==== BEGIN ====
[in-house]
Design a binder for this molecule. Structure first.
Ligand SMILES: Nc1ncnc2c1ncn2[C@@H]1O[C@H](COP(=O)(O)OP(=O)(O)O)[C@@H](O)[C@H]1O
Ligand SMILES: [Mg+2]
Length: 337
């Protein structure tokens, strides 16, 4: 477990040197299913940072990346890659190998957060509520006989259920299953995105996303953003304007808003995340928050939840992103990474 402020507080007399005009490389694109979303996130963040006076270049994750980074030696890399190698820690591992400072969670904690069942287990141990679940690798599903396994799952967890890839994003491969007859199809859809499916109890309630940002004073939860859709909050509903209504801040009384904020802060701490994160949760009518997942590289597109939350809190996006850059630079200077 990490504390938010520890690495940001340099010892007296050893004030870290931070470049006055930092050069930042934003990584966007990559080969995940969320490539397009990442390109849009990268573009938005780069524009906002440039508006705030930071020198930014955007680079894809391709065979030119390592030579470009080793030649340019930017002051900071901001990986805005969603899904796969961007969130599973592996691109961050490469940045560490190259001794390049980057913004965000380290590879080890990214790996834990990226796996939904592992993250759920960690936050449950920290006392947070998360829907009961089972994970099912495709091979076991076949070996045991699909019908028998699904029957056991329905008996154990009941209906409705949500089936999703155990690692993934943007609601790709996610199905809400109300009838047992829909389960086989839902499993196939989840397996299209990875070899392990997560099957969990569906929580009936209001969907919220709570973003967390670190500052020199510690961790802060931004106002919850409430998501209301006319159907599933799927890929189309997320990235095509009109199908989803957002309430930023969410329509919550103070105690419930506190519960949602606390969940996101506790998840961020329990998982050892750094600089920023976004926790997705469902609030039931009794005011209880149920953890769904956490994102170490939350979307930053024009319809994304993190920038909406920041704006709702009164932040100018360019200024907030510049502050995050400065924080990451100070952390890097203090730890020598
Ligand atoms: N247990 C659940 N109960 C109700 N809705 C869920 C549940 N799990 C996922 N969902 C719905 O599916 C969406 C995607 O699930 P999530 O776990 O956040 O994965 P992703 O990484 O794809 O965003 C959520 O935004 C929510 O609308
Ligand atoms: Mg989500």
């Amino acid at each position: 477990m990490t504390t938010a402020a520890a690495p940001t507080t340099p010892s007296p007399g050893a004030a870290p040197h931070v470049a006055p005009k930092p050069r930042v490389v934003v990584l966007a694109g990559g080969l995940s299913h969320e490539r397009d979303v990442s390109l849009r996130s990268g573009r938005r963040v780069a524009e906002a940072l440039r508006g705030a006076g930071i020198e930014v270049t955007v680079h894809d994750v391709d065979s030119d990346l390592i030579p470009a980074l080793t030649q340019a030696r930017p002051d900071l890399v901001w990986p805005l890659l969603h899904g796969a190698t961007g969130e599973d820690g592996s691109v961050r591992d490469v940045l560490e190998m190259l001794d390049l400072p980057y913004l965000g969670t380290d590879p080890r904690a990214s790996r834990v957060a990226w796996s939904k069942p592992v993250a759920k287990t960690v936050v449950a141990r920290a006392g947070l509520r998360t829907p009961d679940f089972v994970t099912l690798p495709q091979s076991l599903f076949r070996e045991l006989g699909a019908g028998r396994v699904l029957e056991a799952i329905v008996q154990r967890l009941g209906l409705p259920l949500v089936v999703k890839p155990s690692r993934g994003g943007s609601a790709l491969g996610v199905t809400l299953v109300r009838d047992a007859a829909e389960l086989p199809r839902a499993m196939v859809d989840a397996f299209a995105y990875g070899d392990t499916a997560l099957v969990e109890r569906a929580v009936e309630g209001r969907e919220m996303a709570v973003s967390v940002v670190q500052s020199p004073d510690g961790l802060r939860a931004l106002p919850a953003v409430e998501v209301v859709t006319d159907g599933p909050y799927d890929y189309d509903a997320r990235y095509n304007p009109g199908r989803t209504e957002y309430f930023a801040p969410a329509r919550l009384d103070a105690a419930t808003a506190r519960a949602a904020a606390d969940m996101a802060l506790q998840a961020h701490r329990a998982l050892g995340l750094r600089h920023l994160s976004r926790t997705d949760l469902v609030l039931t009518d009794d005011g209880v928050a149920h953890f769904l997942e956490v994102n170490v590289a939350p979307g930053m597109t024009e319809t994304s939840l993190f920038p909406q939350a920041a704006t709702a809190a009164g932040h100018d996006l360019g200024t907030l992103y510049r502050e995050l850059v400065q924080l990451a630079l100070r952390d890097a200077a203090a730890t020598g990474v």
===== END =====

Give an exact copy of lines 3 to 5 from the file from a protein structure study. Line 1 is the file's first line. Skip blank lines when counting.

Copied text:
Ligand SMILES: Nc1ncnc2c1ncn2[C@@H]1O[C@H](COP(=O)(O)OP(=O)(O)O)[C@@H](O)[C@H]1O
Ligand SMILES: [Mg+2]
Length: 337